Message From the President: Professional Success
As I step into the role of SfN president, I feel like the kid who started in the basement mail room, did every job on every floor in the building, and has now made it to the top. I have to say, it’s pretty cool!
I first heard of SfN when I was an undergraduate researcher in a neuroscience lab. Every graduate student I knew was preparing to present at the annual meeting in San Diego that year (using Letraset to make their figures — those of you born after 1980 will have to look that up 😊.) I was incredibly jealous and promised myself that I would attend SfN one year. That year came when I was writing my PhD thesis, which turned out to be an excellent time to explore the Poster Hall, where I found all the sources I could ever need for the Background section of my dissertation. My next SfN annual meeting was early in my postdoc when I was still trying to figure out my project on mouse nicotinic acetylcholine receptors; I found a lab with an entire row of posters on the topic and made contacts with peers who are still colleagues today. Then, when I was applying for academic positions, I attended the annual meeting in Miami where — despite a hurricane — I was able to meet people who might end up looking at my job applications.
SfN has done a lot for my career, and I have tried to repay the Society through service.
I’ve attended every SfN meeting since, taking as many trainees as I can with me. Together, we look for new ideas, ensure the lab’s projects are up to date, learn new techniques, see what’s being done by others, identify ways to make our work stronger, and build our network of colleagues and potential collaborators.
SfN has done a lot for my career, and I have tried to repay the Society through service. As someone who has a hard time saying “no,” I began as a frequent reviewer for JNeurosci. Many (on time) reviews later, I was asked to step into the role of associate editor, then reviewing editor, then senior editor. An invitation to Program Committee followed, where I heard Eve Marder’s powerful push for inclusion in all aspects of the committee’s efforts.
My first big leadership role was to serve as Program Committee chair for then-SfN President Tom Carew. I learned more about leadership in that role than in most aspects of my university career, including how to listen to many points of view and try to bring people toward consensus. For example, during my time on Program Committee, the annual meeting held sessions called “slide talks.” From my perspective, these sessions felt like a mishmash of things that fell together but weren’t really coherent. When I pushed to get rid of the slide talks all together, other Program Committee members spoke up and said that short slide talks were the only reason they attended the annual meeting! It was suddenly clear that my SfN meeting is not someone else’s meeting, and that changing the meeting to fit my opinion could ruin someone else’s experience. Over that year, we reached consensus by creating the nanosymposium sessions (a term suggested by Eve Marder) that are a mainstay of the annual meeting today.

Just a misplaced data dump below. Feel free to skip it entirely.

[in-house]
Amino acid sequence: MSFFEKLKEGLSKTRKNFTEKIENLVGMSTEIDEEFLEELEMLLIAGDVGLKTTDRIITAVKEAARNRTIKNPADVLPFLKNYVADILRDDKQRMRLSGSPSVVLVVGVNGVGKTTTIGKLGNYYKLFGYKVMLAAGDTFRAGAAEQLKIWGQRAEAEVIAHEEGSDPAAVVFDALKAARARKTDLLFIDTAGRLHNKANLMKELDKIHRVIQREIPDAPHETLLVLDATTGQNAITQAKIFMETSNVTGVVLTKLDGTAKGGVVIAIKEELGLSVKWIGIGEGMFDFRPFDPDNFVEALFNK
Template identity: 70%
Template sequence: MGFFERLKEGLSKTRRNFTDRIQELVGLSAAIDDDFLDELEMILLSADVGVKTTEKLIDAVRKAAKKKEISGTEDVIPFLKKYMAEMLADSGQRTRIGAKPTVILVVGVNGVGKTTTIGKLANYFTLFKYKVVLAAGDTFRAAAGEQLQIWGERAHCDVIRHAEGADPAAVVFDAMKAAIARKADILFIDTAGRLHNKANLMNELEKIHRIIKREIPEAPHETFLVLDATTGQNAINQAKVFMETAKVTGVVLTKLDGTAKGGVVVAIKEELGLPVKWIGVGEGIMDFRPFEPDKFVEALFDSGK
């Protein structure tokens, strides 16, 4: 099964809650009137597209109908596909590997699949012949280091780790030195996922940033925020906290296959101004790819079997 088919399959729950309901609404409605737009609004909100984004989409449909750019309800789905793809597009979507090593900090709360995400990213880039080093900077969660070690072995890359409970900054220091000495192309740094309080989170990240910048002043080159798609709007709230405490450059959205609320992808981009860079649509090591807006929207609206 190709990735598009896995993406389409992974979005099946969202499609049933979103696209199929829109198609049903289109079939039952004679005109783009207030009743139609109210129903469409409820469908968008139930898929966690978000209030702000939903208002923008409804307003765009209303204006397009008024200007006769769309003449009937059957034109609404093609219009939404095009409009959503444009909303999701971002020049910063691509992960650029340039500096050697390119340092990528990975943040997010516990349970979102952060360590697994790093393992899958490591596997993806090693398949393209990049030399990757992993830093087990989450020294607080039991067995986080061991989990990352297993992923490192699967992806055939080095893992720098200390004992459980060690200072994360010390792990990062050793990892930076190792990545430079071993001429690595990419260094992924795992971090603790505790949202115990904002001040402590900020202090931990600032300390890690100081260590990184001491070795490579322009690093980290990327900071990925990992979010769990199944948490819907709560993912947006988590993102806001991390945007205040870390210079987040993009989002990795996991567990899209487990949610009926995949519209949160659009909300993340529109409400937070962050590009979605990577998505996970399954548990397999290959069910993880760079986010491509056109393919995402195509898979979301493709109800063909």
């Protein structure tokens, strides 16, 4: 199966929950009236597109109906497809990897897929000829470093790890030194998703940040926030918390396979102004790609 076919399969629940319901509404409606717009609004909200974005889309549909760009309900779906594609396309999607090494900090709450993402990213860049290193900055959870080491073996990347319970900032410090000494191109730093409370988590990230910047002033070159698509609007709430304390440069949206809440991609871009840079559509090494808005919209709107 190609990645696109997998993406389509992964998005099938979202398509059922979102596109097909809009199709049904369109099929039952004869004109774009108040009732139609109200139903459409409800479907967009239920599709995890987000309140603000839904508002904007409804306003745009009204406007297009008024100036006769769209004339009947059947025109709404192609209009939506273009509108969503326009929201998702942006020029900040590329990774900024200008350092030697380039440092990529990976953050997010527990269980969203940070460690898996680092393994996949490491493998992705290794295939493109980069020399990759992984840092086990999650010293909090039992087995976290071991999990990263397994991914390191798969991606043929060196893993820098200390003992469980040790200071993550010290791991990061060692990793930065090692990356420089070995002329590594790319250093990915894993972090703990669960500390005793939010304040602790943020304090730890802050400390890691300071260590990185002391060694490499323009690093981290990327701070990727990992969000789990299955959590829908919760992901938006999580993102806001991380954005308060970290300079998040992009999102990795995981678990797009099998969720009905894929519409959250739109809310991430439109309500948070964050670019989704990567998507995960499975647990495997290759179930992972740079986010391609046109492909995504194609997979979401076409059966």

It was suddenly clear that my SfN meeting is not someone else’s meeting, and that changing the meeting to fit my opinion could ruin someone else’s experience.
Following service on the Program Committee, I was elected to terms on SfN Council (including treasurer), editor-in-chief of JNeurosci, and now president, where I get to help ensure that SfN’s initiatives will support every member’s personal and professional development. Fortunately, SfN is already doing well in this regard, as exemplified by the 96% of Neuroscience 2023 attendees who said the annual meeting met or exceeded expectations. There was feedback on improving accessibility for virtual attendees, and SfN will incorporate that feedback as we plan for Neuroscience 2024.
Unlike the hurricane I experienced in Miami, which only affected a single annual meeting, the pandemic cancelled or battered three annual meetings.
Outside of the annual meeting, SfN is responding to two long-term trends that will play a role in the Society’s longevity. First, the pandemic made clear that some crises that impact SfN’s finances can last for several years. Unlike the hurricane I experienced in Miami, which only affected a single annual meeting, the pandemic cancelled or battered three annual meetings. Therefore, SfN has adjusted its Reserve Strategy to ensure the Society has the assets necessary to cover multiple years of expected liabilities. Second, it is increasingly common for members of the neuroscience community to find careers outside of academia. SfN has traditionally focused on serving neuroscientists in academic jobs, and much of the Society is structured around academic researchers. To ensure that SfN has something to offer every neuroscientist — regardless of where they work — Council has formed a working group to evaluate the Society’s individual membership categories, nomenclature, definitions, new member application requirements, and benefit access.
Reflecting back on 30 years (!) as a member and multiple roles as a volunteer, I am confident that without SfN, I would not have the professional success and personal development I have had the incredible luck to enjoy. I look forward to working with you to provide similar opportunities to the entire membership before, during, and long after Neuroscience 2024.